Environment, Export Economies, and Workers in Latin America (Fall 2018)

Draft. See Blackboard or syllabus distributed in class for official version.

Syllabus 

HIST 493/708 – Workers and Environment in Latin America

Professor: Dr. Benjamin Bryce

Term: Fall 2018

Time: Fridays, 14:30-17:20

Location: Teaching and Learning Centre 10-4560

E-mail: ben.bryce@unbc.ca

Office: McCaffray Hall 3092

Office Hours: Thursdays, 16:30-17:30 and Fridays by appointment

Course Description: This course explores the relationship between workers, the environment, and capital in Latin America. It focuses on the emergence of agricultural export economies and the communities involved in environmental and economic change. We will examine common themes in the unique histories of many countries in Latin America, and the course will provide students with a greater understanding of environmental and labour history in the region and the relationship between Latin America and international consumers. It situates Latin America in an international context and highlights the role of other regions of the world in social and economic changes in Latin America.

Learning Objectives:

1) A greater understanding of Latin American history and its place in world history.

2) A greater ability to critically discuss historiography.

3) An introduction to archival research and increased experience working with primary documents.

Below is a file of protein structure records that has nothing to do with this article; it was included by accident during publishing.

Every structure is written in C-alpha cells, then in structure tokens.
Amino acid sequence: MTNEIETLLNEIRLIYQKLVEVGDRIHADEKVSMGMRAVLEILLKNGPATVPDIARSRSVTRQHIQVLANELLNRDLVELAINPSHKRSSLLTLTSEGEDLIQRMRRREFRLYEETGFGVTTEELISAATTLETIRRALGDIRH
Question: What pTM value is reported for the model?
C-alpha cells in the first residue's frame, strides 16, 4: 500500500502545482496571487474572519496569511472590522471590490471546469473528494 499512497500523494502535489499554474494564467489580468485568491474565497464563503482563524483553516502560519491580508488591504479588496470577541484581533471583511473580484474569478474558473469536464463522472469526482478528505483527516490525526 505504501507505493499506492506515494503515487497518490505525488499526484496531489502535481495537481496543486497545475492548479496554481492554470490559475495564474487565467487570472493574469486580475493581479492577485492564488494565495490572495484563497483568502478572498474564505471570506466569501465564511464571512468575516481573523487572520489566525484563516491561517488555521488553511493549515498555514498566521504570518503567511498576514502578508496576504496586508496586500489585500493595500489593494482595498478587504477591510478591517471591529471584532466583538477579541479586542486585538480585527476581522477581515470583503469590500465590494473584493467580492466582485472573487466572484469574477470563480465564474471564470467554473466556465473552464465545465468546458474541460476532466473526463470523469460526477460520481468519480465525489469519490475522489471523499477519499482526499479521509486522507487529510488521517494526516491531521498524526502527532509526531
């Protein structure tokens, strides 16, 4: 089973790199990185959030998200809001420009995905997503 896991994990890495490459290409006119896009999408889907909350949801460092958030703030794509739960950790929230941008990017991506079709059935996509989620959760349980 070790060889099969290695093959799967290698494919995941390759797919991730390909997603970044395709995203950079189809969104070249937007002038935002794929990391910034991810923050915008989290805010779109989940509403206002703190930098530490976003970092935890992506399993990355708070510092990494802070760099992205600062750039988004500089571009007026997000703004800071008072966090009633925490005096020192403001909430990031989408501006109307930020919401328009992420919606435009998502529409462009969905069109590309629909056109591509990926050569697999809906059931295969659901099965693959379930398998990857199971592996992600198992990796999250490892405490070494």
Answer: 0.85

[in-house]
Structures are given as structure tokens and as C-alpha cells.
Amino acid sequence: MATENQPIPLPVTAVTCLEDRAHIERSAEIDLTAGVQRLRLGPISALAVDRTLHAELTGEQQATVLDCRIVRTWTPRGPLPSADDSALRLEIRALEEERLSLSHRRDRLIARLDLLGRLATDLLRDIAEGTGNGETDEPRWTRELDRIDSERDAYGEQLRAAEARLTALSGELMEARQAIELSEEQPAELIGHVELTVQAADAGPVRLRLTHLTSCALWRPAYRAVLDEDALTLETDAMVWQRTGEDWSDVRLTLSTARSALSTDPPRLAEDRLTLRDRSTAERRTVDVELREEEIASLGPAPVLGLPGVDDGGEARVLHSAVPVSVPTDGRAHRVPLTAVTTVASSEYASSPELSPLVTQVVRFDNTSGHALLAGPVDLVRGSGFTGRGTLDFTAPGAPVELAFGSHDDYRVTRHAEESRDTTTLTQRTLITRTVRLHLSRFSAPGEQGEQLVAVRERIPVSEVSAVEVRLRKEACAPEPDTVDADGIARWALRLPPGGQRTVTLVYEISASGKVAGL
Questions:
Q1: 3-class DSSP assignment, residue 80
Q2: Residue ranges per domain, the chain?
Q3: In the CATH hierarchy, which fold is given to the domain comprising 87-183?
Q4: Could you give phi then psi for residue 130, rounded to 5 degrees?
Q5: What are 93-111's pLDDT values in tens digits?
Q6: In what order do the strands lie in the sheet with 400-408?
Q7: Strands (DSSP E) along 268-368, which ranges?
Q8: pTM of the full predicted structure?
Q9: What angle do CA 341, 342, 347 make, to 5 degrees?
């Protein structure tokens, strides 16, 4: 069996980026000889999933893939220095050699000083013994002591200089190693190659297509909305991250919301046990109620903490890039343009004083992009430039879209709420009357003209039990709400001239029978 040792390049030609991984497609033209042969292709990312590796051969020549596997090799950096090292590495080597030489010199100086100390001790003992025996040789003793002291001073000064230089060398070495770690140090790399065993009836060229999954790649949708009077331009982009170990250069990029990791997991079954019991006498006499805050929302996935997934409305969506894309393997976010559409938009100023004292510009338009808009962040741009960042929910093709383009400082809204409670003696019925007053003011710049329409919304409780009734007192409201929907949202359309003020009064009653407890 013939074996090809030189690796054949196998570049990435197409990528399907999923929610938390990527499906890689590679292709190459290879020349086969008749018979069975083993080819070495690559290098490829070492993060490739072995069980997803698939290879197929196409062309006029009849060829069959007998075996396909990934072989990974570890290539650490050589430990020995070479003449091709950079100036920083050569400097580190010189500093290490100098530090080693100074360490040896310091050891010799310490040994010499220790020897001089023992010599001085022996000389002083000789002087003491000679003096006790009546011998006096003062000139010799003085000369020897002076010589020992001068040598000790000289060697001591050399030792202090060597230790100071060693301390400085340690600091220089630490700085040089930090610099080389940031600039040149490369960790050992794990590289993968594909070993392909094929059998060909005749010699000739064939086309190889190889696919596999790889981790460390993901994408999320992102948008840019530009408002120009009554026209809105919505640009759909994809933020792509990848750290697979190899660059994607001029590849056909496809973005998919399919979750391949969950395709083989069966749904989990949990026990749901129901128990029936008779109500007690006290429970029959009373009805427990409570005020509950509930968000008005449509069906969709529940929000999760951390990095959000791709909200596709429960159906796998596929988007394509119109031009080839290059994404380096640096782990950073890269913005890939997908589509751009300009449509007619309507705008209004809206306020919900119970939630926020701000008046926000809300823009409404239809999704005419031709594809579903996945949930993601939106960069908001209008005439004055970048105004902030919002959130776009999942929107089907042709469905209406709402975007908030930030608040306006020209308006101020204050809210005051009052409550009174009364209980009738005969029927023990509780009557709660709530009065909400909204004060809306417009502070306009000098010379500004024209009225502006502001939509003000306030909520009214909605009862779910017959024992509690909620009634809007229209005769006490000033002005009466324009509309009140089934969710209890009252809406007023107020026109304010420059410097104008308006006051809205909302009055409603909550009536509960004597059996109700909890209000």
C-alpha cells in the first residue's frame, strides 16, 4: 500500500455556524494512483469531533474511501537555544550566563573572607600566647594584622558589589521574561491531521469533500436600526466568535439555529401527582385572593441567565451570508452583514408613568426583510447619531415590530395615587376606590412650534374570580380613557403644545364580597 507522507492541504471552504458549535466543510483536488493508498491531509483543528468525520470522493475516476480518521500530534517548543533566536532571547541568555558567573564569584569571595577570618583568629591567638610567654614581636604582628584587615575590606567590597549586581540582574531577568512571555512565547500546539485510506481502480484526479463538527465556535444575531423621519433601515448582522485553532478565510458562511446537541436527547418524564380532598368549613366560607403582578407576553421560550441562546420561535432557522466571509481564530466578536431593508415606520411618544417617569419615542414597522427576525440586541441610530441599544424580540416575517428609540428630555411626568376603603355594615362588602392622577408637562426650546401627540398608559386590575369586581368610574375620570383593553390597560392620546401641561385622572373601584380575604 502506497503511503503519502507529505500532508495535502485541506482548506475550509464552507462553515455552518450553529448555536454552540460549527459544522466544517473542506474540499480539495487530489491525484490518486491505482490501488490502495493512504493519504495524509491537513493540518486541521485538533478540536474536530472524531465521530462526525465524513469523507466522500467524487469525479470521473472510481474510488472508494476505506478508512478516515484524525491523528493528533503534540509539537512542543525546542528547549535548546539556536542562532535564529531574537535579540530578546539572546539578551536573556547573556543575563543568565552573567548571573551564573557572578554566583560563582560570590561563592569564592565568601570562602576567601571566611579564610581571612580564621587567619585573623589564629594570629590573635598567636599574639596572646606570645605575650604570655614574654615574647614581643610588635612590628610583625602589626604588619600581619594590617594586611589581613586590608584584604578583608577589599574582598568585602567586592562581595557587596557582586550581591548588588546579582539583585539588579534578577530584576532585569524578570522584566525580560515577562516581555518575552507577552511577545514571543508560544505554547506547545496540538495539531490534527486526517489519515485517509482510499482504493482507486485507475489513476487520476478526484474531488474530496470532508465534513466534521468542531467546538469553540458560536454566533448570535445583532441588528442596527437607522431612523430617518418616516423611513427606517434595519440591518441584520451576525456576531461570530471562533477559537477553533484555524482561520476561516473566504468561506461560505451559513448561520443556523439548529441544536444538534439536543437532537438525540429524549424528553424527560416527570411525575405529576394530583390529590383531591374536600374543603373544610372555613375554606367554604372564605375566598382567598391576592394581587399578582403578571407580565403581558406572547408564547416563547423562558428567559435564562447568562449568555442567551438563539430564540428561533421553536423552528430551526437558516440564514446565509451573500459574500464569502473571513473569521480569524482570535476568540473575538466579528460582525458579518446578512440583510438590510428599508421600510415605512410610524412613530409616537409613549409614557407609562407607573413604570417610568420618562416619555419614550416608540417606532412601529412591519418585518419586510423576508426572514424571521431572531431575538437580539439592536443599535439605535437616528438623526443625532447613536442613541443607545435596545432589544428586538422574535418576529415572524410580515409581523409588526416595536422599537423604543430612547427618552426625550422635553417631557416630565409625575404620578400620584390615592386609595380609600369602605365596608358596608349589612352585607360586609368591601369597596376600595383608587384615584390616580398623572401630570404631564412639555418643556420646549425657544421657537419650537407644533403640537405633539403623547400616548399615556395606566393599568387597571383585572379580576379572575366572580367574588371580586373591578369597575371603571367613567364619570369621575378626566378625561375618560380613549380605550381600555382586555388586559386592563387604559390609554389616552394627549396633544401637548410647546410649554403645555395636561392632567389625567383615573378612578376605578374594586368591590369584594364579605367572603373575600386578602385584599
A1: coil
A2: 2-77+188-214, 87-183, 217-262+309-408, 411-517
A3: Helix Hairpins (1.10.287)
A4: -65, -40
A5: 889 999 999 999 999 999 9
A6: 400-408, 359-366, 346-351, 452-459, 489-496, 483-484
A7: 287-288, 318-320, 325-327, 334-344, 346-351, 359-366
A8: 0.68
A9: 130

Course Structure: Class time in this seminar course will be dedicated to discussions of assigned readings, student presentations, and discussions of research projects. Written assignments will build on the topics examined in class, but they will require additional reading. There will be no lectures in this class because it is a fourth-year seminar intended for history majors.

Evaluation for HIST 493: (for MA students enrolled in HIST 708, see modified grade scheme below)

a) Participation, 25%

b) In-class presentation, 10%

c) Assignment 1: Description of online archival sources, 500 words, September 28, 10%

d) Assignment 2: Primary document analysis, 1500-1800 words, November 2, 20%

e) Assignment 3: Peer review workshop, November 30, 5%

f) Assignment 4: Essay, 3000-4000 words, December 14, 30%

a) As a fourth-year seminar, discussion is an essential part of this course, and students will learn from one another. Students are expected to attend class every week and actively participate in the discussion of the readings. Students will be required to read approximately 110 pages per week, and they should demonstrate a mastery of the readings and share some critical thoughts about the arguments presented. Contributions to the discussion should be based on the readings and be respectful to classmates.

b) In-class presentation. Dates to be chosen in the first week of class. Each student will have to make one presentation to the group (between 5 and 7 minutes) on the main themes that appear in the week’s assigned readings. Students should be able to identify the main arguments of the readings and connect the readings to the general themes of the course.

c) Description of online archival sources. 500 words. Students are asked to locate and describe the contents of one online archive that could be used to carry out in-depth research on one of the course themes.